Blog > The Ultimate PCI Compliance Guide | Why it’s Essential + 10 Expert Tips

The Ultimate PCI Compliance Guide | Why it’s Essential + 10 Expert Tips

By |Published On: March 5th, 2021|

While payment security looks a little different for each merchant, it continues to remain a top priority across all industries. To help with this, businesses look to PCI compliance standards for guidance. Although these standards offer a lot of direction to better protect cardholder data, they are not foolproof against all cybersecurity attacks.

To meet evolving compliance standards and better prepare for growing cyber threats, we brought in 10 industry experts to help you build the strongest infrastructure possible.

What is PCI compliance?

PCI (Payment Card Industry) compliance is a fancy way of saying your business is following proper security measures to successfully accept, process, and store credit card payments. PCI compliance is not legally required but is mandatory in certain cases.

The Payment Card Industry Data Security Standard (PCI DSS) defines these security requirements. The PCI Security Standards Council (PCI SSC) — established by Visa, American Express, Discover, Mastercard, and JCB International credit card providers in 2006 — is responsible for upholding these standards, ensuring merchants meet them, and managing data security worldwide.

Check out this video below to learn more about PCI compliance.

PCI compliance: Levels, assessments, and requirements

PCI levels are typically determined by merchants’ annual transactions and business size:

  • Level 1: Merchants who process over six million transactions per year and service providers that process over 300,000 credit card transactions annually. (Typically large businesses.)
  • Level 2: Merchants who process between one and six million transactions per year and service providers who process fewer than 300,000 transactions annually. (Typically mid-to-large-sized businesses.)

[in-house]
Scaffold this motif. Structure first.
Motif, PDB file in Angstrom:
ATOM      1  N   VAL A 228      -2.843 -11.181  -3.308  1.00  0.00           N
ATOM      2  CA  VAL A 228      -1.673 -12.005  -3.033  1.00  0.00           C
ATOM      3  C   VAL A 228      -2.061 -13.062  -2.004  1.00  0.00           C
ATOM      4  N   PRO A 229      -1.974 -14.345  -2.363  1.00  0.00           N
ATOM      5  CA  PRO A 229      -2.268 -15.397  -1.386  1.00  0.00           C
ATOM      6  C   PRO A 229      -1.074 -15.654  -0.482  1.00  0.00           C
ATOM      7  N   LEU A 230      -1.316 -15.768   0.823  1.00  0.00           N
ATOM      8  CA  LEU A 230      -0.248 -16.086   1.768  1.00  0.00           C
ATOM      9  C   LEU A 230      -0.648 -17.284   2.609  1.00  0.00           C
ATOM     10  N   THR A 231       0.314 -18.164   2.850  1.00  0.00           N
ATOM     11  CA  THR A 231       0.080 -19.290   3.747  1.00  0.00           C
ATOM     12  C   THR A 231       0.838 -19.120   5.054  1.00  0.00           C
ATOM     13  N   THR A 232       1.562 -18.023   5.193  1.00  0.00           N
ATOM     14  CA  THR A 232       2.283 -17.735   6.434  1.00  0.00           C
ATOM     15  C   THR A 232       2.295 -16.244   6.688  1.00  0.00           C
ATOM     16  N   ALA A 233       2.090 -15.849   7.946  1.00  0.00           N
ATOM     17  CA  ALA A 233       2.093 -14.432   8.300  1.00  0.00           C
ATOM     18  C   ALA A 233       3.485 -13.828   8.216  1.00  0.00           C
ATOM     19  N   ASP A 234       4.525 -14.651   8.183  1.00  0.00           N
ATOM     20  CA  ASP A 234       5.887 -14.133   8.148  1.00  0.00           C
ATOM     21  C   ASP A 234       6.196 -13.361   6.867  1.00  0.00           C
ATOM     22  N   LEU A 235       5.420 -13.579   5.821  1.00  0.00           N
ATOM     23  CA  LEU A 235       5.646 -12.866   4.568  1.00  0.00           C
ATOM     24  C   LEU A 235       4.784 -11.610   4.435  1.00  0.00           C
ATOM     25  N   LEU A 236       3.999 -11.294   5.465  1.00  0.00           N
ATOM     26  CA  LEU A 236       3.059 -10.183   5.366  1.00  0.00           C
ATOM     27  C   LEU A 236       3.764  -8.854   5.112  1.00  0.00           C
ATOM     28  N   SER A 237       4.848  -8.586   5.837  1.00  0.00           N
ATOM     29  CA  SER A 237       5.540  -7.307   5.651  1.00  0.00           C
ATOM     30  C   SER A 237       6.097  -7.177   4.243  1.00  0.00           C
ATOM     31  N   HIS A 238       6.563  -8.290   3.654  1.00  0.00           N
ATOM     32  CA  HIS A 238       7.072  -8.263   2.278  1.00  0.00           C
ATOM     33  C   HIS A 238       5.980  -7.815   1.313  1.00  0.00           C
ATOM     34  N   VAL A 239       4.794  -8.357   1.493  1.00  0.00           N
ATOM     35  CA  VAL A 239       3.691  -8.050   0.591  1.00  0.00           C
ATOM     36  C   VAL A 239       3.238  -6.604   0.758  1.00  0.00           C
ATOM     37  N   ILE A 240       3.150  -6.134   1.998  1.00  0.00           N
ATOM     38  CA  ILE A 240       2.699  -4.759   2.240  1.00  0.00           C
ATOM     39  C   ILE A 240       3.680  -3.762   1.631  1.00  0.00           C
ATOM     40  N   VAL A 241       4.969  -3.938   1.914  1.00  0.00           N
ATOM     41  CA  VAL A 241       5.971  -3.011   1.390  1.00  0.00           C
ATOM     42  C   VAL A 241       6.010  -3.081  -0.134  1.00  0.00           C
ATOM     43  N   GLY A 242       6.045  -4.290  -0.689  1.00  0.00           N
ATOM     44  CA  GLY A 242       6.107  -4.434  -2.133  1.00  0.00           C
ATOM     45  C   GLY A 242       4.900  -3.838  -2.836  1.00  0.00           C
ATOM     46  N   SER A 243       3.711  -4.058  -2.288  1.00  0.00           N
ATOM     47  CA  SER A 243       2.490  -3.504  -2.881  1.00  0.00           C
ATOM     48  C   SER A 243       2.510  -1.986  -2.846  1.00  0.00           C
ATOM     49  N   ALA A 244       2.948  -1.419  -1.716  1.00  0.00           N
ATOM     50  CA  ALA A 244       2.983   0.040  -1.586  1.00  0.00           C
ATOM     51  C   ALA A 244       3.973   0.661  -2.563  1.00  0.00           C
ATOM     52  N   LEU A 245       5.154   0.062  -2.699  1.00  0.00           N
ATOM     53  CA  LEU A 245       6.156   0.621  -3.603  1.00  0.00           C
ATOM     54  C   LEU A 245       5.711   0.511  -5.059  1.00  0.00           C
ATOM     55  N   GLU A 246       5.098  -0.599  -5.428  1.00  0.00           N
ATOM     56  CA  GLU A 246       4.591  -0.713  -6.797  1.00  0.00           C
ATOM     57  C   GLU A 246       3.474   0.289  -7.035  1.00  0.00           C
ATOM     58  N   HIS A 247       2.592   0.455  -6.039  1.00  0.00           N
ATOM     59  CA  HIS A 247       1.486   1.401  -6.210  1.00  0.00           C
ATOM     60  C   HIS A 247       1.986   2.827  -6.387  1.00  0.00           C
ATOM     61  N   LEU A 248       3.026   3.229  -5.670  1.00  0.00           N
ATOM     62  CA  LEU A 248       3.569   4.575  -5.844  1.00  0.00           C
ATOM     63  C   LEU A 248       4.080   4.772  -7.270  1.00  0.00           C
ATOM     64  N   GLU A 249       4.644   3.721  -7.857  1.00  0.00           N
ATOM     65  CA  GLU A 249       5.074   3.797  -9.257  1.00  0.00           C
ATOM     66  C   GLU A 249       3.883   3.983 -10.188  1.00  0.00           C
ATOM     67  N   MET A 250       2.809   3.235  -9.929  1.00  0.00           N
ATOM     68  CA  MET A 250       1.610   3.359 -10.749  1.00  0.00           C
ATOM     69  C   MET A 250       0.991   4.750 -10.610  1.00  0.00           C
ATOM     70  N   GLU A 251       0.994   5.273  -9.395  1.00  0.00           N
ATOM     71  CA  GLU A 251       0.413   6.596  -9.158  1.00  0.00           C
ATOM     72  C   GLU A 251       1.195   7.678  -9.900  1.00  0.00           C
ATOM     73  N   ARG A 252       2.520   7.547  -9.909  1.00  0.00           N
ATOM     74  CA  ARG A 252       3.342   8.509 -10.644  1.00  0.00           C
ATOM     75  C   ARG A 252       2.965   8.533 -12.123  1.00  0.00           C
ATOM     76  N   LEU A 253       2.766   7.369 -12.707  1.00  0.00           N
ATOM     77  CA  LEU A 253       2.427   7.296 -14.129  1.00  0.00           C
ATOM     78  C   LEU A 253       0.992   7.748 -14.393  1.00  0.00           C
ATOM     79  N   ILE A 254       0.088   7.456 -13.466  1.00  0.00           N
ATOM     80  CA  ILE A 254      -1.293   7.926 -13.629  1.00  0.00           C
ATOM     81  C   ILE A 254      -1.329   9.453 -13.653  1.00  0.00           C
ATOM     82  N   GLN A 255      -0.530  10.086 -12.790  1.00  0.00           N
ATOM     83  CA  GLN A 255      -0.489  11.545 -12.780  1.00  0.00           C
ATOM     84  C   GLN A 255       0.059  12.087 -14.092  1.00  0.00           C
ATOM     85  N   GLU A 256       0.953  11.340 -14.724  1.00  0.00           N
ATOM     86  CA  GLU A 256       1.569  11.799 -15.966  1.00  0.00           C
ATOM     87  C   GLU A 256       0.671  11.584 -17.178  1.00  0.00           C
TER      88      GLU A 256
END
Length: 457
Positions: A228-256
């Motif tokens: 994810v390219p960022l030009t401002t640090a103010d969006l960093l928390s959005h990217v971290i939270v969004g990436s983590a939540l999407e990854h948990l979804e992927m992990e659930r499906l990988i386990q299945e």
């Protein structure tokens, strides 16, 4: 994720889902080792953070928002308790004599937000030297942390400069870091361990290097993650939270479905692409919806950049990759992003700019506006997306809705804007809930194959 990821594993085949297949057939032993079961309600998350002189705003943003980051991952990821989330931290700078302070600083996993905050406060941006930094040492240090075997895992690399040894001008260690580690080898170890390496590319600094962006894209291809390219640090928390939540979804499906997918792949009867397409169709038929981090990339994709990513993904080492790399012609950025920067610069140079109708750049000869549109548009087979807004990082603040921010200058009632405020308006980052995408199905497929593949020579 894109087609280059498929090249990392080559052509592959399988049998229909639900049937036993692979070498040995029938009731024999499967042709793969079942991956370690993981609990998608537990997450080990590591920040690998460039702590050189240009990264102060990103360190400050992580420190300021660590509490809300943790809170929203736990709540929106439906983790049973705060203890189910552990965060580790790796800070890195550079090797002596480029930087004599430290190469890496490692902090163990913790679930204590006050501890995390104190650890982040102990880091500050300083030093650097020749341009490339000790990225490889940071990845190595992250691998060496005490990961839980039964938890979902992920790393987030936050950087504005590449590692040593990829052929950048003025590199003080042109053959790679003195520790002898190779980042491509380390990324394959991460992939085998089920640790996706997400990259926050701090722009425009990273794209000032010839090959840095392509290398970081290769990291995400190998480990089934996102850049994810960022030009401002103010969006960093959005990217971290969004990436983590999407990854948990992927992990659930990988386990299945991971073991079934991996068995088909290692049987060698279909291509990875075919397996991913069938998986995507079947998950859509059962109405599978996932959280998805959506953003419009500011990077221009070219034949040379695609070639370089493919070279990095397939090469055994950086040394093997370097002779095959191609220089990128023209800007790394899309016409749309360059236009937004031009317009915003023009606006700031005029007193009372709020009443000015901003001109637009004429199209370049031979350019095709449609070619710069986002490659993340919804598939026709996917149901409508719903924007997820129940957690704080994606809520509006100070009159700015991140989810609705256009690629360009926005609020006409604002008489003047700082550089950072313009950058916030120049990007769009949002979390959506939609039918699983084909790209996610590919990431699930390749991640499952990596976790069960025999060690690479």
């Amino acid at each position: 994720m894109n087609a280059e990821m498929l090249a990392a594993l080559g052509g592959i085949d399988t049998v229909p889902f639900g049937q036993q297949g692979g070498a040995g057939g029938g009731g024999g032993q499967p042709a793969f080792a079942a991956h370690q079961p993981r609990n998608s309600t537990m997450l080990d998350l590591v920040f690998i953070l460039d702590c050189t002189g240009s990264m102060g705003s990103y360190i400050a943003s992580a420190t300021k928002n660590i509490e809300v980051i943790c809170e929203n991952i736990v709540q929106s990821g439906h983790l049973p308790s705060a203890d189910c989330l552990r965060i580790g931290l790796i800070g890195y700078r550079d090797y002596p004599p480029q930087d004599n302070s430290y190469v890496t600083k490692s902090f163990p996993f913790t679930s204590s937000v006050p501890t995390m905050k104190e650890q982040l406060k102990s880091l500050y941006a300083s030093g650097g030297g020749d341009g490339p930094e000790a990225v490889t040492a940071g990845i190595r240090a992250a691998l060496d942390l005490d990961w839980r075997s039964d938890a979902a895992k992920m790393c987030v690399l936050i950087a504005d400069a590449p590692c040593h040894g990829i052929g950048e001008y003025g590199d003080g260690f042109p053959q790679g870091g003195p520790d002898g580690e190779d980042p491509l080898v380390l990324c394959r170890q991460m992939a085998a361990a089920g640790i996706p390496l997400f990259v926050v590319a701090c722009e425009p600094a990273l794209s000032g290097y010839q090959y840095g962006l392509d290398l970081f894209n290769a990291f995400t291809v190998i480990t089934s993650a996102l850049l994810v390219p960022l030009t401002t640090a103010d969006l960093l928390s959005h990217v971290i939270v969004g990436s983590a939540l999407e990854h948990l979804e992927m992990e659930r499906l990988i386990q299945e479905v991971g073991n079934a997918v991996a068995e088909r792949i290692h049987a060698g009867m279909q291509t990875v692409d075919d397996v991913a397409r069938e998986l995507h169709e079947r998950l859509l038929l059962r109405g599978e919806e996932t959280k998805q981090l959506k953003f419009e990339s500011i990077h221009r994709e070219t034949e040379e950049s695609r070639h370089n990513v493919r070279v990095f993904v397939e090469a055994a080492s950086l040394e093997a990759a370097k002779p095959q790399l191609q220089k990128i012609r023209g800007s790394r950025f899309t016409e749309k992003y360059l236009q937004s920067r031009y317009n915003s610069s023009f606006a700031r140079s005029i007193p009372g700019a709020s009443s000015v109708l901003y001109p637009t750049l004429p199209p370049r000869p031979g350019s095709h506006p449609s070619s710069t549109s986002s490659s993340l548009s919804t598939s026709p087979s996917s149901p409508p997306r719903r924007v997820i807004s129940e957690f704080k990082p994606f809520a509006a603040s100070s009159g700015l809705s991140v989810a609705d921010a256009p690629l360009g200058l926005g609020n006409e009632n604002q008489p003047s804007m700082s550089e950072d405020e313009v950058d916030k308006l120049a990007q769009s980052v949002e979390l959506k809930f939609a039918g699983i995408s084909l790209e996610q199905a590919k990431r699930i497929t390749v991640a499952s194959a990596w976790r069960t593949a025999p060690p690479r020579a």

• Level 3: Merchants who process between 20,000 and one million transactions per year. (Typically small-to-mid-sized businesses.)
  • Level 4: Merchants who process fewer than 20,000 transactions per year. (Typically small businesses.)

PCI Levels

PCI validation assessments

A merchant’s PCI compliance level determines its annual and quarterly validation requirements. Depending on your level, here are some of the validation forms you may have to complete:

PCI DSS requirements

The PCI Security Standards Council provides merchants with a general list of security standards to follow to become PCI compliant:

PCI overviewIn addition to these 12 security standards, each compliance level has separate requirements merchants must complete:

Level 1 merchants are required to provide:

  • A Report on Compliance (ROC) completed by a Qualified Security Assessor (QSA) or Internal Security Assessor
  • Quarterly scans by an Approved Scanning Vendor (ASV)
  • An Attestation of Compliance (AOC) completed by a QSA

Level 2 merchants are required to provide:

  • Self-Assessment Questionnaire (SAQ) completed by the merchant
  • Quarterly scans completed by an Approved Scanning Vendor (ASV)
  • An AOC completed by a QSA